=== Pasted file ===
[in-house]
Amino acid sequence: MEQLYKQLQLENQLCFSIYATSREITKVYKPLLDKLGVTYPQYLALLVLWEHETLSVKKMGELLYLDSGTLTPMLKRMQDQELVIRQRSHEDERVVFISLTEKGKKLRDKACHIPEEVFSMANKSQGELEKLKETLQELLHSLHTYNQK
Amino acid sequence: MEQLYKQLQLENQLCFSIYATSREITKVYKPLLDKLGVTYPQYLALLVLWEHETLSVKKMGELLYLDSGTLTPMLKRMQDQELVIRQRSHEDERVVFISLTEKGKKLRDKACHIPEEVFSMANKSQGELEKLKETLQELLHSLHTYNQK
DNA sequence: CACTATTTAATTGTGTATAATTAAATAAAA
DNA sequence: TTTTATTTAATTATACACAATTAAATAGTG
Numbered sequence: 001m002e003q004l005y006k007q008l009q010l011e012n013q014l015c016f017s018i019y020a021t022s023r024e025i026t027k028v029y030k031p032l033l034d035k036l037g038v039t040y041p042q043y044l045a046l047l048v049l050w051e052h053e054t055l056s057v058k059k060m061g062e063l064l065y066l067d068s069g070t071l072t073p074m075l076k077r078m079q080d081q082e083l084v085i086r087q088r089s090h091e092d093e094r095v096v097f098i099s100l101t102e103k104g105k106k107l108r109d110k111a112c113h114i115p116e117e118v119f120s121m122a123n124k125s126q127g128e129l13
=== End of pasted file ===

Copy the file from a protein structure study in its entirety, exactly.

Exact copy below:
[in-house]
Amino acid sequence: MEQLYKQLQLENQLCFSIYATSREITKVYKPLLDKLGVTYPQYLALLVLWEHETLSVKKMGELLYLDSGTLTPMLKRMQDQELVIRQRSHEDERVVFISLTEKGKKLRDKACHIPEEVFSMANKSQGELEKLKETLQELLHSLHTYNQK
Amino acid sequence: MEQLYKQLQLENQLCFSIYATSREITKVYKPLLDKLGVTYPQYLALLVLWEHETLSVKKMGELLYLDSGTLTPMLKRMQDQELVIRQRSHEDERVVFISLTEKGKKLRDKACHIPEEVFSMANKSQGELEKLKETLQELLHSLHTYNQK
DNA sequence: CACTATTTAATTGTGTATAATTAAATAAAA
DNA sequence: TTTTATTTAATTATACACAATTAAATAGTG
Numbered sequence: 001m002e003q004l005y006k007q008l009q010l011e012n013q014l015c016f017s018i019y020a021t022s023r024e025i026t027k028v029y030k031p032l033l034d035k036l037g038v039t040y041p042q043y044l045a046l047l048v049l050w051e052h053e054t055l056s057v058k059k060m061g062e063l064l065y066l067d068s069g070t071l072t073p074m075l076k077r078m079q080d081q082e083l084v085i086r087q088r089s090h091e092d093e094r095v096v097f098i099s100l101t102e103k104g105k106k107l108r109d110k111a112c113h114i115p116e117e118v119f120s121m122a123n124k125s126q127g128e129l13